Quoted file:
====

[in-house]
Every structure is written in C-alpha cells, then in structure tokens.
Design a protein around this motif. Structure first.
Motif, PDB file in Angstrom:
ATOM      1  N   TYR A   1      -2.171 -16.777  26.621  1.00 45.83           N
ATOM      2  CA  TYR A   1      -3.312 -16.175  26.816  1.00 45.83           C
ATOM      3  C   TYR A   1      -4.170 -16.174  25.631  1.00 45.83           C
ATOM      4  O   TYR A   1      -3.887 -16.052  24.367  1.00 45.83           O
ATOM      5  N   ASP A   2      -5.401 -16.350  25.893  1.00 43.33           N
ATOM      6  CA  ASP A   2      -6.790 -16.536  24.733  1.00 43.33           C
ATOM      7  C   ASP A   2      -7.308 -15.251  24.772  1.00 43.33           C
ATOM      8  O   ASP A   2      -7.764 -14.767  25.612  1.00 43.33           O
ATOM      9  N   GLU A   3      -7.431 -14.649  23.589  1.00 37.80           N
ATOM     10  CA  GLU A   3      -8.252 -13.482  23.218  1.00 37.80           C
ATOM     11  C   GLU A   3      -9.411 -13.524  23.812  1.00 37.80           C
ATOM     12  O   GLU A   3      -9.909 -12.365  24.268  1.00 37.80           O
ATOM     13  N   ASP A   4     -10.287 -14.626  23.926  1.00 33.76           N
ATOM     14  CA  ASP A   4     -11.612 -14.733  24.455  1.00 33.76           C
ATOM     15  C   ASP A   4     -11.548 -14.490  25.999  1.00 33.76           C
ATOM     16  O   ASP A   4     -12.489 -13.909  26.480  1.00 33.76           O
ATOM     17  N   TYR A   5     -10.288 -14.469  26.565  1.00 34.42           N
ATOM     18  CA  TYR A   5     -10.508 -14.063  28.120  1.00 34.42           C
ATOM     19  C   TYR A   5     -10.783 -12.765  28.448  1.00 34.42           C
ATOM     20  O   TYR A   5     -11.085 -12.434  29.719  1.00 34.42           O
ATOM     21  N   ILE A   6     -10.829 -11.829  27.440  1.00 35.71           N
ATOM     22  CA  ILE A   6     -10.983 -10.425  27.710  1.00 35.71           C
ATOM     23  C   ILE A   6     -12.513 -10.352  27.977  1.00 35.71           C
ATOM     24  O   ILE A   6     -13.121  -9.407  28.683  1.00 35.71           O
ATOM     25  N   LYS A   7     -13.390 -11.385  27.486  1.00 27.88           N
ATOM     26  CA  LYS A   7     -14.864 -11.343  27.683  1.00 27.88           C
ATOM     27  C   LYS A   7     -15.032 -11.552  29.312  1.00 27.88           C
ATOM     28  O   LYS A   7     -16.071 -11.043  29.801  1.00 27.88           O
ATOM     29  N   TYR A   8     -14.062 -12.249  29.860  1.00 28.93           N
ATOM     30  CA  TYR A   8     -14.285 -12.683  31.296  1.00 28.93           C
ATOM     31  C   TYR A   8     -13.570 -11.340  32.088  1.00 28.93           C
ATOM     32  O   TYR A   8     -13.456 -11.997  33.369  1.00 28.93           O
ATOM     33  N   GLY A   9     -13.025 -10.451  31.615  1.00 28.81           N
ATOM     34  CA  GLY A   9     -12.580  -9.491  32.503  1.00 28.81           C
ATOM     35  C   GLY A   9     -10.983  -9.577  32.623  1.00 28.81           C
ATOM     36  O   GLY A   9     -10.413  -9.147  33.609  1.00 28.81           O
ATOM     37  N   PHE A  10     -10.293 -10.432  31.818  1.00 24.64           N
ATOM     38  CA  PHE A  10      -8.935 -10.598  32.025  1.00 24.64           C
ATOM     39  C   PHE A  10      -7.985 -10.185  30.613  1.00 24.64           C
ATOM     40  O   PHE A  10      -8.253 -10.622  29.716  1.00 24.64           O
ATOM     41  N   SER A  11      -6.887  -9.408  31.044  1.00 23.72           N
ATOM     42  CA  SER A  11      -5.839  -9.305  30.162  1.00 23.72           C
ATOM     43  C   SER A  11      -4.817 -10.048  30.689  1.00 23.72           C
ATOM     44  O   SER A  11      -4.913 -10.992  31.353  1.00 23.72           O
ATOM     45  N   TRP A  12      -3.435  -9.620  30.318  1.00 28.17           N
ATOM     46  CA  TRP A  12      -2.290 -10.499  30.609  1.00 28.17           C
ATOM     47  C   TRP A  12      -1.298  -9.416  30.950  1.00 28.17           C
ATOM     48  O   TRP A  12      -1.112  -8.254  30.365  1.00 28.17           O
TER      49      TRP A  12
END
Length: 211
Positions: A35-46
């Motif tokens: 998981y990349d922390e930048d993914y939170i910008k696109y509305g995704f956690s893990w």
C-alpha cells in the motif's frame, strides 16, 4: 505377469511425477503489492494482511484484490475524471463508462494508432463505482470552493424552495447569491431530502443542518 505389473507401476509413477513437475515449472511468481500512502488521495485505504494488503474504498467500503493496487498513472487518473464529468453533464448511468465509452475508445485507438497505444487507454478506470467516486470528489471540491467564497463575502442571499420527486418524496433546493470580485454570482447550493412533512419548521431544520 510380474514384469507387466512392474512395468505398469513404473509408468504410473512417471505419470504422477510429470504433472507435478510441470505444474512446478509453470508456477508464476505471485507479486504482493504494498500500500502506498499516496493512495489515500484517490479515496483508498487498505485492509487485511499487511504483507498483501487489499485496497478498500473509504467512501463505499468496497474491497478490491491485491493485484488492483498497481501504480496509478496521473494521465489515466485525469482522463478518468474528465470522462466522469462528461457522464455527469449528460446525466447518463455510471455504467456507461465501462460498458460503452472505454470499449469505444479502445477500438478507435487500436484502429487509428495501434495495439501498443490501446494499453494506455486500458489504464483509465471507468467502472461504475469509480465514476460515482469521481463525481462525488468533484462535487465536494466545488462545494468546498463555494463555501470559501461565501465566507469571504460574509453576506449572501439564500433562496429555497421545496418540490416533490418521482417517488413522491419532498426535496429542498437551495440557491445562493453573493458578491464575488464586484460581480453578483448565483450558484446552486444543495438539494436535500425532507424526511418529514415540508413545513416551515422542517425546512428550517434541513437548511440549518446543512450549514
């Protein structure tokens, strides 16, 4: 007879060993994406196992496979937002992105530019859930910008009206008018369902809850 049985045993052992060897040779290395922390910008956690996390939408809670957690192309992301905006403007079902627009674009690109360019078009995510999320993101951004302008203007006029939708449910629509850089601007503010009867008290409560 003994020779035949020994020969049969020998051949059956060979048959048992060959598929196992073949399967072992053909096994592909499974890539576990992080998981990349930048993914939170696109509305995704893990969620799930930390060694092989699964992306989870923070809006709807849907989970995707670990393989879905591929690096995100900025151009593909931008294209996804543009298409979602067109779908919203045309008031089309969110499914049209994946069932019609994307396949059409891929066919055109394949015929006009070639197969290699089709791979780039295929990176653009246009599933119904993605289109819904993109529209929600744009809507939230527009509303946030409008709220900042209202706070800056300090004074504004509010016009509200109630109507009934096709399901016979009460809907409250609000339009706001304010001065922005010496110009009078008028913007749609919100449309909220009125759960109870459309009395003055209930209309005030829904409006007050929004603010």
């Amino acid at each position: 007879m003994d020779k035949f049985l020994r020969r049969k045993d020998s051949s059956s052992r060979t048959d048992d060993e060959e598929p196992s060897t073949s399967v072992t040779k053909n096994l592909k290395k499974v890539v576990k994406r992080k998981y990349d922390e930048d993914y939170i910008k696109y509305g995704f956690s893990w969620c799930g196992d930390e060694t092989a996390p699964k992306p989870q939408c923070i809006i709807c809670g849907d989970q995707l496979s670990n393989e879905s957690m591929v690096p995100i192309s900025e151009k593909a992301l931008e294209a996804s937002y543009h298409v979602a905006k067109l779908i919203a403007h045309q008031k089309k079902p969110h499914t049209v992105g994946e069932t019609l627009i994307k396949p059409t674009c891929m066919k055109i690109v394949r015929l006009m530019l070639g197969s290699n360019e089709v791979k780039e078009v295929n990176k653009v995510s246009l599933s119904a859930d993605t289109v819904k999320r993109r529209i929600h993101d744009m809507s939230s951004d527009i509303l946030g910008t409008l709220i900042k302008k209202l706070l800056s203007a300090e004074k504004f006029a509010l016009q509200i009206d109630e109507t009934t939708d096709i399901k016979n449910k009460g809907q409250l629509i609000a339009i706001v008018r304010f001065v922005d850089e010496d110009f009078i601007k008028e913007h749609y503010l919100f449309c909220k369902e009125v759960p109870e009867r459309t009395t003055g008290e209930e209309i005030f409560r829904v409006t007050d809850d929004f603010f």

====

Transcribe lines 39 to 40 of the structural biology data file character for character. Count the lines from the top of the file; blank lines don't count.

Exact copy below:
ATOM     35  C   GLY A   9     -10.983  -9.577  32.623  1.00 28.81           C
ATOM     36  O   GLY A   9     -10.413  -9.147  33.609  1.00 28.81           O